What a Nightmare!


JF-Expert Member
Feb 11, 2007
Czech mate - DNA tests show hospital mixed up babies

Fred Attewill and agencies
Wednesday October 10, 2007
Guardian Unlimited

Two Czech couples are preparing to swap their 10-month-old babies after the hospital where they were born admitted mixing them up.
The parents were meeting at a secret location today to discuss how to return the babies to their proper homes this year.

The mistake came to light when dark-haired lorry driver Libor Broza became suspicious of his "daughter", Nikola, who was blonde-haired, blue-eyed and did not seem to resemble him or his partner, who is also dark.

DNA tests revealed he was not the father. Further DNA tests then proved Jaroslava Trojanova was not the mother. The girl in fact belonged to Jan Cermak and his wife, Jaroslava Cermakova, who were raising the other couple's daughter, Veronika.
Police have launched an inquiry into the clinic in Trebic, which is located 100 miles south-east of the Czech capital, Prague, where the babies were born within 18 minutes of each other on December 9.

Both mothers had been suspicious after their birth weights were altered the next day by hospital staff. Nikola, whose birth weight was recorded as 7lb 4oz, had shrunk to 5lb 12oz the following day, while Veronika's weight rose 1lb 8oz overnight. Nurses had told the mothers that the birth weights had probably been wrongly recorded.

Mr Broza said: "It was a total shock. I just cried for two hours solid and Jaroslava was inconsolable.

"It was just impossible to believe that this could happen. We have raised Nikola for the last 10 months. She's a beautiful little girl who's always smiling and it's impossible to imagine her now living apart from us. But at the same time just 20 miles away lives our real daughter."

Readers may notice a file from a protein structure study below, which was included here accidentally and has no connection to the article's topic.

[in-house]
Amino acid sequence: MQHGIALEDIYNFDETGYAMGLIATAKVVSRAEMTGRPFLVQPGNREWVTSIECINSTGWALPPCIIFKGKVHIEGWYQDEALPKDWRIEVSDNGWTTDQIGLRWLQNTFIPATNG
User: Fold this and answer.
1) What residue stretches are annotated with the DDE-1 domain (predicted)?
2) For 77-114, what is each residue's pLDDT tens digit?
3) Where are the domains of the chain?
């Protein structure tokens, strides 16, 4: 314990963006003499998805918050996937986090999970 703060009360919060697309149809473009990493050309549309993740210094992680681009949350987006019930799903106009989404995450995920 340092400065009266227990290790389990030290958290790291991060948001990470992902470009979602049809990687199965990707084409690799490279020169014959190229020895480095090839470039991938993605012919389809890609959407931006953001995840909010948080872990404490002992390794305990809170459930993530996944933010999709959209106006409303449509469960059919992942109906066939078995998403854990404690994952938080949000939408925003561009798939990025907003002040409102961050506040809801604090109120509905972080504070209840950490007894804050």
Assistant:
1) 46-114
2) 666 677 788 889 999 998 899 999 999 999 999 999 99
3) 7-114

His partner, Jaroslava, said: "Of course, we are happy, but on the other hand we also feel terrible."

Both couples, which met for the first time last week, have forged a bond with "their" babies and have decided to swap them back gradually, spending more time together.

"The main reason for the meeting is to get the families ready for the exchange and learn more about each other," psychologist Olga Hinkova, who is helping the couples through the transition, was quoted as saying in the Mlada Fronta Dnes newspaper today.

"It will be more difficult for the mothers to cope with it than for the children," Ms Hinkova said.

The hospital said today it was cooperating with the police into what it called a "regrettable case".

The hospital director, Petr Mayer, apologised to the parents and offered them help in resolving the problem.

However, both couples reportedly plan to sue the hospital for 10m koruna (£255,000).
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